I cried, I laughed, I couldn’t put this down. Set in 1880′s Wyoming, this premise of this story is one that I think is much more common than we’d like to admit – marriages created on the basis of need versus love. Connor Maquire is a recent widow with an 8 year old daughter that he desperately needs help raising. Answering Connor’s advertisement for a wife, Ellen O’Sullivan travels from Omaha to her new home. Once she meets Connor, he discovers the last thing about her that Ellen didn’t divulge in her letters to him. When I started reading I was immediately drawn in and remained so all the way through. This is my first Harris story but will not be my last.
I didn’t like, not even a little bit, Connor for the first half of this story. Connor didn’t expect to nor did he want to feel any emotion toward Ellen, and he told her many times that he was still in love with his dead wife. Furthermore, Connor’s actions and words trickled over to his wonderful daughter. What do children do? Imitate their parents, of course, so you can guess what this would mean for the relationship that Ellen and Bridget have. It’s hard for me to not like a kid in a story but Bridget really tested my patience, a lot.
My emotion ran the gamut until I just had to settle on strong dislike for Connor in his treatment of Ellen. The way Harris wrote her – I can’t say that I was ever not on Ellen’s side. I found fault with a couple of things she did, but I certainly understood why she did them. She’d already had the love of her life and this arrangement with Connor provided her a home and possibly a family who might care if she lived or dies.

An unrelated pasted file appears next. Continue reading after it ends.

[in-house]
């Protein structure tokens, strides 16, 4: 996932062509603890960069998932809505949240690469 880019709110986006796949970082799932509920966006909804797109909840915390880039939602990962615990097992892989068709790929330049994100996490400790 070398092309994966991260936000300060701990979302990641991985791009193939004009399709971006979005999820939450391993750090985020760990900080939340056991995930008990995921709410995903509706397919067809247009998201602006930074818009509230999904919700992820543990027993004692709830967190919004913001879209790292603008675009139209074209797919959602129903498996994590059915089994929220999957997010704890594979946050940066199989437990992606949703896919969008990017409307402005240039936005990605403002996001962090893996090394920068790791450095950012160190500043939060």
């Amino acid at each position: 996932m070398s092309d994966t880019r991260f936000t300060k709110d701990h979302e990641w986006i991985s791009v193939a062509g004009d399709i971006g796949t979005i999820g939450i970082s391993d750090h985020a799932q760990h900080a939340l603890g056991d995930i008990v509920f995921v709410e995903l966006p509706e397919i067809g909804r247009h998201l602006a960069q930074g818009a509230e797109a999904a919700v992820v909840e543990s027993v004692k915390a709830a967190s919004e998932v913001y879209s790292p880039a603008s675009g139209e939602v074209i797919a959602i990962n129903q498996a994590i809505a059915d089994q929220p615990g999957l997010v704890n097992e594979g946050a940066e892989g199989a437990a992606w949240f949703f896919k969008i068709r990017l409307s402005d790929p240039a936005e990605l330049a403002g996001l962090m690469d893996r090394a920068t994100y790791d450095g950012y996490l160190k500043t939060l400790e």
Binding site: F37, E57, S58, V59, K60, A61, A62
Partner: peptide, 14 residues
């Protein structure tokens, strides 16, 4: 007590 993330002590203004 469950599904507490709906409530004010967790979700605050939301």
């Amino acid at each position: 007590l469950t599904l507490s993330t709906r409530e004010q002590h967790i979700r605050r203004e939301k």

I have to go back on this for a little bit, because I do not want to give off the impression that Connor was not likable, but for me I think his words to Ellen were just so blunt and it came off harsh and unfeeling. Interestingly, Connor’s treatment of Ellen was in accordance with the bargain they made; she would come to the territory where he lived, they would marry, she would help him raise his daughter, she would work the homestead, and bear him a child (preferably a son). All these things were expected of Connor from Ellen and that was all.
The writing for both Ellen, Connor and Bridget was superb and the secondary characters were so well done that I found myself either wishing for happiness for some and death and dismemberment for others. Pretty powerful. Connor’s neighbors were some of the more interesting characters and because their dependence on each other was so high, I thought that Harris captured the dynamics.
The pace was spot on. I can’t tell you how many times I wanted to put this book down and just wouldn’t because I couldn’t wait to see what happened next. Now for those of you looking for a bedroom moments, there’s none. We know they do have them because we all know that Ellen wasn’t going to give birth by immaculate conception. I didn’t miss it as I was so focused on the relationships I didn’t even think about not liking this book because of its lack of sex.
The progression of Ellen and Connor’s relationship from need to love was a tear-jerking experience and I would highly suggest that you not read this either in public or at work because yes, you’re going to have teary eyes.
Happy reading folks!
*ARC provided by Choc Lit Publishing
Click to purchase: Amazon
A Bargain Struck
by Liz Harris
Release Date: September 7, 2013
Publisher: Choc Lit